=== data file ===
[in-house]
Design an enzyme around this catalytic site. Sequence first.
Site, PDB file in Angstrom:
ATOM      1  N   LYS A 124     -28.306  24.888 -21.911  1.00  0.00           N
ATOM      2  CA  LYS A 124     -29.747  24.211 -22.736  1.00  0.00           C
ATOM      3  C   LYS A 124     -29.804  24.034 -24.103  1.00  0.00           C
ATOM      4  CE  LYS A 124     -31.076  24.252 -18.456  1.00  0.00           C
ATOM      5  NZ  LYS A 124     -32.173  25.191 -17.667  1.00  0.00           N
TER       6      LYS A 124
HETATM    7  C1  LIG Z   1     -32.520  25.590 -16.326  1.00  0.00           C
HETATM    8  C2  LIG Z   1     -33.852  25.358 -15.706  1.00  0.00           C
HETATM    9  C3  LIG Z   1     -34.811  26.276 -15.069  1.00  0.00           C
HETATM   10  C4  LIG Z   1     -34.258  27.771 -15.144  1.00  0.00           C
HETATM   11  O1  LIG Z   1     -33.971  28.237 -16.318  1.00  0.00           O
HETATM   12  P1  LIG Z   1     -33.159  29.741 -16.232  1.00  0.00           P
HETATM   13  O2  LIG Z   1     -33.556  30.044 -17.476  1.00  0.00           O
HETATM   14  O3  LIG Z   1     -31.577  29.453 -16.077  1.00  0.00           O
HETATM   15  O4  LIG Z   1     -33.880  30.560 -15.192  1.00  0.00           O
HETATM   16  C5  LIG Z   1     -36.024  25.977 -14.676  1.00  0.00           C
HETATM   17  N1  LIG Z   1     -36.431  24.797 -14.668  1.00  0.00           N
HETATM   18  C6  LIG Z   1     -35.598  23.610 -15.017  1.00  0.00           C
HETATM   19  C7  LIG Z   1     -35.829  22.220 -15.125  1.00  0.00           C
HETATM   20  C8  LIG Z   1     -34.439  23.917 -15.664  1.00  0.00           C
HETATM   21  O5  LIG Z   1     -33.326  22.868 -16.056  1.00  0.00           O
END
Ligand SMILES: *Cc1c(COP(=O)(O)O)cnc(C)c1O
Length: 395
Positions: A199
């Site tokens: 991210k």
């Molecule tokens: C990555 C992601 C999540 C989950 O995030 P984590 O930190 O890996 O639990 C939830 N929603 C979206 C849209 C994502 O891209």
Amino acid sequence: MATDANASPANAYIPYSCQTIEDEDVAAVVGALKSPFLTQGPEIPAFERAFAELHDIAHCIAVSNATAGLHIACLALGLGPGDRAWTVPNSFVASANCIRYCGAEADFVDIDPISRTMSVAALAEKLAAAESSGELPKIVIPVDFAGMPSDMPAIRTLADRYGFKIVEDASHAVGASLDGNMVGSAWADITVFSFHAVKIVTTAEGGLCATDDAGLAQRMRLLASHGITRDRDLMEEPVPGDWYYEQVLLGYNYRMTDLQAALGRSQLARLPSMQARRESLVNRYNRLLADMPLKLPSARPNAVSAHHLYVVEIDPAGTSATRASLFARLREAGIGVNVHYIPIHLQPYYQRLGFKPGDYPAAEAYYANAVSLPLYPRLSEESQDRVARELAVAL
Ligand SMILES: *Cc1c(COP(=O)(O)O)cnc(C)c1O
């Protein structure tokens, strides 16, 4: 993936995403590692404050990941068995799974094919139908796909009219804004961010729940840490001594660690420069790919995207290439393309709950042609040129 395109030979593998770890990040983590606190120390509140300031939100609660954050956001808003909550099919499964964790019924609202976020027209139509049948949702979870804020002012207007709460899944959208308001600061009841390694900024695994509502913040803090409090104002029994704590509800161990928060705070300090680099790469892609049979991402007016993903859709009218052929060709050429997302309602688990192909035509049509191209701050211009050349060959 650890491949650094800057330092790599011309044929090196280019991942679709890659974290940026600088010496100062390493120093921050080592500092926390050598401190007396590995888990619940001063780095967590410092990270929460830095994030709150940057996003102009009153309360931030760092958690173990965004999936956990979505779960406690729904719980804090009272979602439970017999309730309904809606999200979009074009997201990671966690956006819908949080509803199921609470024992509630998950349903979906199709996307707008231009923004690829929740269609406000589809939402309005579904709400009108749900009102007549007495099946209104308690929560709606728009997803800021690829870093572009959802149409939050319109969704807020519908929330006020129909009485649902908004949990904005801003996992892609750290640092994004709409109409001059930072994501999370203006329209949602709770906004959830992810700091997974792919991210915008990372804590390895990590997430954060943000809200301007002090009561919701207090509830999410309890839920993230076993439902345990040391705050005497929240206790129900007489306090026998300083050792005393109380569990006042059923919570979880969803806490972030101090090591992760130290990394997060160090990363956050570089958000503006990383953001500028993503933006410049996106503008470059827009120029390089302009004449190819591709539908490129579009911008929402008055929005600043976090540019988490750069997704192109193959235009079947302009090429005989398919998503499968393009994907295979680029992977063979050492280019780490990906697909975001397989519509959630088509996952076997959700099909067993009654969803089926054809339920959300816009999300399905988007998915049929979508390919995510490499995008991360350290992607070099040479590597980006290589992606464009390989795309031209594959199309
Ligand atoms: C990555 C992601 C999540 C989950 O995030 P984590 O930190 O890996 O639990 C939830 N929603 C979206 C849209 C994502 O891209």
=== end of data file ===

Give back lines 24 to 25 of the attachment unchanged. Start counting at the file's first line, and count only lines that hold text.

HETATM   21  O5  LIG Z   1     -33.326  22.868 -16.056  1.00  0.00           O
END